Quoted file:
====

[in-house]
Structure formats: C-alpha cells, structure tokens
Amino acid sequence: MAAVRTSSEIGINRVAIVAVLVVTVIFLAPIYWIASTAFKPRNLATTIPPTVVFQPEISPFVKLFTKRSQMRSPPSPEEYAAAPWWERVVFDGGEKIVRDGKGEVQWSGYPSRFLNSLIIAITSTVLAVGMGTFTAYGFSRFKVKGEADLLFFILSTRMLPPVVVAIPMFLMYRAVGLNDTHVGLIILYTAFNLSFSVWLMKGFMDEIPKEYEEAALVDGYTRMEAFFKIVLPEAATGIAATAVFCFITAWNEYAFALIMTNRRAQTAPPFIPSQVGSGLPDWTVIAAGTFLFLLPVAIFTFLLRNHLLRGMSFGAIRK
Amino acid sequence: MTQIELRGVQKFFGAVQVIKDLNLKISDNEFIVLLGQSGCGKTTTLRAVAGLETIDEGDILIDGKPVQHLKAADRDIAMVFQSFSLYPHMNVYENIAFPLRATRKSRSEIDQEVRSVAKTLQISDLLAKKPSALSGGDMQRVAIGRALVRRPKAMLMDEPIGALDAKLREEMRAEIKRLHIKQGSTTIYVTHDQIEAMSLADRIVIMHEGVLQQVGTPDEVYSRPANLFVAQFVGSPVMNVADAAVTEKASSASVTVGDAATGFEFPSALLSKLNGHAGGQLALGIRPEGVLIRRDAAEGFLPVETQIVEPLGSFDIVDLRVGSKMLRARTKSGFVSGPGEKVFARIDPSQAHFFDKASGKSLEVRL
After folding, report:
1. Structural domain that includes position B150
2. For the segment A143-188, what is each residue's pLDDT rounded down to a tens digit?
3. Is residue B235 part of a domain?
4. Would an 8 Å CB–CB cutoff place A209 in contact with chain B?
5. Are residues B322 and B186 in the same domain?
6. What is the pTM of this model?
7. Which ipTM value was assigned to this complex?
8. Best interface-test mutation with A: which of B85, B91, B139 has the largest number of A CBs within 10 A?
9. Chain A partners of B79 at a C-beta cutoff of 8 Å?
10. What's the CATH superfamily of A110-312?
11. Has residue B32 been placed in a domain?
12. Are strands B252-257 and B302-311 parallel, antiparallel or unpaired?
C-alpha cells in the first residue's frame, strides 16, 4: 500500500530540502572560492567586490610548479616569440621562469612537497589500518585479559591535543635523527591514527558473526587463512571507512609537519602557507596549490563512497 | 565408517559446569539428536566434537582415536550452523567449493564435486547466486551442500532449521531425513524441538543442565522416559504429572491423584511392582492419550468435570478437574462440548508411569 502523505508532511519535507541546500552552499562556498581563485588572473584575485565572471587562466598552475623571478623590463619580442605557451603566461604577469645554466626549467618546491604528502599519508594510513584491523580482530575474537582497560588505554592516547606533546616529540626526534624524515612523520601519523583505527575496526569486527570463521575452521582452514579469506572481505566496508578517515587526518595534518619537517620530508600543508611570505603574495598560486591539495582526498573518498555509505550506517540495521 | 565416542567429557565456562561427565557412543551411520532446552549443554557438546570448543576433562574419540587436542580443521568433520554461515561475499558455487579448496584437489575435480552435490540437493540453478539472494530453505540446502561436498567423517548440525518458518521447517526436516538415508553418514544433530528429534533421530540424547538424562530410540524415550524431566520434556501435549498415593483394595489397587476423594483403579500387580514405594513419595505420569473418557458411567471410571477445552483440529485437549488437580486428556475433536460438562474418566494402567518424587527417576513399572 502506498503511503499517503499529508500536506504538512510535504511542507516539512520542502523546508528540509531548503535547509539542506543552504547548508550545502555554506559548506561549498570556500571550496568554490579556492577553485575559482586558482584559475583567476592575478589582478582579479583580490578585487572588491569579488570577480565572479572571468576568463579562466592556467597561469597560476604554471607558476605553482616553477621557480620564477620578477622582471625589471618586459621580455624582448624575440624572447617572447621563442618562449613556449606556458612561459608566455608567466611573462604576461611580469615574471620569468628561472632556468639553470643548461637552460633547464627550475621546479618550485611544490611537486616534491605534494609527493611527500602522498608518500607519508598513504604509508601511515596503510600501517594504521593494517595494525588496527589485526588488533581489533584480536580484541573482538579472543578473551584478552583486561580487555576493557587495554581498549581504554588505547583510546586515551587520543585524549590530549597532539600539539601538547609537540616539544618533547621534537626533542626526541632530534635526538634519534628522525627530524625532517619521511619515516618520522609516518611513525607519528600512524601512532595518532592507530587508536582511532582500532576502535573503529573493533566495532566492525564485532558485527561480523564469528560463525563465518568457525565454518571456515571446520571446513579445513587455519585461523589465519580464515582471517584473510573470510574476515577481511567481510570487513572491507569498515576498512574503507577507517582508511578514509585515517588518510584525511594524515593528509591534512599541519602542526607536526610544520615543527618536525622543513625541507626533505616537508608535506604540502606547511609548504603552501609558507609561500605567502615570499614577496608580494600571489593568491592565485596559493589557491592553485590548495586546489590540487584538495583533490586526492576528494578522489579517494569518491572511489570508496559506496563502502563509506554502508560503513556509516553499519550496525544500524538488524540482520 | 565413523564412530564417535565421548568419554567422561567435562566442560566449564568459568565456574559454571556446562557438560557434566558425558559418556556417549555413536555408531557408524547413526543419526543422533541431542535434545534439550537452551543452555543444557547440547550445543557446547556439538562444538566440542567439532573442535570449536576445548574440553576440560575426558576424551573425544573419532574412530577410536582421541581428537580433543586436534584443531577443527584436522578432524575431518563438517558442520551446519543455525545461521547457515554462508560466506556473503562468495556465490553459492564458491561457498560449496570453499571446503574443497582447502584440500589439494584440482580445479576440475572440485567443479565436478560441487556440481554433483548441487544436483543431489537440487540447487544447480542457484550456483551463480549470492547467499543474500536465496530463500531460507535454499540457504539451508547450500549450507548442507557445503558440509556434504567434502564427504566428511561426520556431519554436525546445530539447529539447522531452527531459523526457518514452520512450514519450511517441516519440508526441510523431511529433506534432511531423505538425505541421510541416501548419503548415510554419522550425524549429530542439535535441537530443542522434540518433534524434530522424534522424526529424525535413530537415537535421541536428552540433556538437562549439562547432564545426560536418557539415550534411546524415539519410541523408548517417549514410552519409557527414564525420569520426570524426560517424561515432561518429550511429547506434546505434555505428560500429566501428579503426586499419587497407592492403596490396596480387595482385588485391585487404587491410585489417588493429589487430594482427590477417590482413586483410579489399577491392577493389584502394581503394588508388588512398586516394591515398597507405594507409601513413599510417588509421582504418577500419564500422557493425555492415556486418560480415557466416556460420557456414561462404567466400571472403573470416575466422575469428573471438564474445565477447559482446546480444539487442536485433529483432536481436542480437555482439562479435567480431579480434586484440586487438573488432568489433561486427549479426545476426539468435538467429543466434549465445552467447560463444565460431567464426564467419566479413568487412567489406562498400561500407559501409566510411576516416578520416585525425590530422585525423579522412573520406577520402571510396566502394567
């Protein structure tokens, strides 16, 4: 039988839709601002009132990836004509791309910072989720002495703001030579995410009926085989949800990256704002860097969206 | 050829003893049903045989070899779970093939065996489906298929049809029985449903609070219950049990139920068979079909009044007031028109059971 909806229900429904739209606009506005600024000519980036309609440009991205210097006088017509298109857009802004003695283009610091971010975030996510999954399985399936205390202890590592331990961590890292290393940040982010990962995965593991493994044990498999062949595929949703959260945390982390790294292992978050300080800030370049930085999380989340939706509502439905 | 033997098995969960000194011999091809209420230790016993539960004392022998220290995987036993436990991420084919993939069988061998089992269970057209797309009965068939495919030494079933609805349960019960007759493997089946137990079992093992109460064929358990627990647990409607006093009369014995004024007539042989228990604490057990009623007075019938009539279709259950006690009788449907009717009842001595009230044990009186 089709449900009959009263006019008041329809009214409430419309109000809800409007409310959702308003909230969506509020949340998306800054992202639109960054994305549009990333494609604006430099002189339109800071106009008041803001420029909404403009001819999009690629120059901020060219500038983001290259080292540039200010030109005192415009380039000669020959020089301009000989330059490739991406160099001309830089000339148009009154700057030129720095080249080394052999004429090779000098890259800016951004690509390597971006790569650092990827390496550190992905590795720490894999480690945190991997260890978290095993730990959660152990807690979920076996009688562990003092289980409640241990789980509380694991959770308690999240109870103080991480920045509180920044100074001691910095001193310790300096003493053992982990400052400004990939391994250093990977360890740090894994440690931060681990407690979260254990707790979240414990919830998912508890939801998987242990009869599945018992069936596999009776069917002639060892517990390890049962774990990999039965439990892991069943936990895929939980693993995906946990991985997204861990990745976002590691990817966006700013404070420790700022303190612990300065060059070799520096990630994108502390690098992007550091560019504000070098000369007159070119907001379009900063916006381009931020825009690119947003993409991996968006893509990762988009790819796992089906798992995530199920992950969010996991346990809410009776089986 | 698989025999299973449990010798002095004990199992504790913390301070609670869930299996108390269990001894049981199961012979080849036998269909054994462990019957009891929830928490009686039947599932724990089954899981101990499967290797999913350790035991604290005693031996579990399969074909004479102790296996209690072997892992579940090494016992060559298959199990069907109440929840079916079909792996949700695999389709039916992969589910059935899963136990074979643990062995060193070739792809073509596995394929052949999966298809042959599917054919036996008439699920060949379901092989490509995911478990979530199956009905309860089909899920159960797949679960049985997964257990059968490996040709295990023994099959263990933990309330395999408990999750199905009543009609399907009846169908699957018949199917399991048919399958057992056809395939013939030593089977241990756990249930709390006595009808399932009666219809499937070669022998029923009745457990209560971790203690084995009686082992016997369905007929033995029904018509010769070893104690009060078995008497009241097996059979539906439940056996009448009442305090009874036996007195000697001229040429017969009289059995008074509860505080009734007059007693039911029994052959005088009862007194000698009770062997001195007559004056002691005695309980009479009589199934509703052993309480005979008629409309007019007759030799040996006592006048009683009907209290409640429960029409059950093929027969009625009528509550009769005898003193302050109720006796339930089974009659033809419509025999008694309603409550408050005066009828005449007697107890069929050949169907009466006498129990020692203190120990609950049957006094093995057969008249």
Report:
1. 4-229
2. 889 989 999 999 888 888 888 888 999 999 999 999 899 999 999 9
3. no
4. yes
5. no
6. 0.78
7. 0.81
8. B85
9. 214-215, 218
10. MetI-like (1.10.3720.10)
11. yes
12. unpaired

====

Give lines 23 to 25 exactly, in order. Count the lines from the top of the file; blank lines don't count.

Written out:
3. no
4. yes
5. no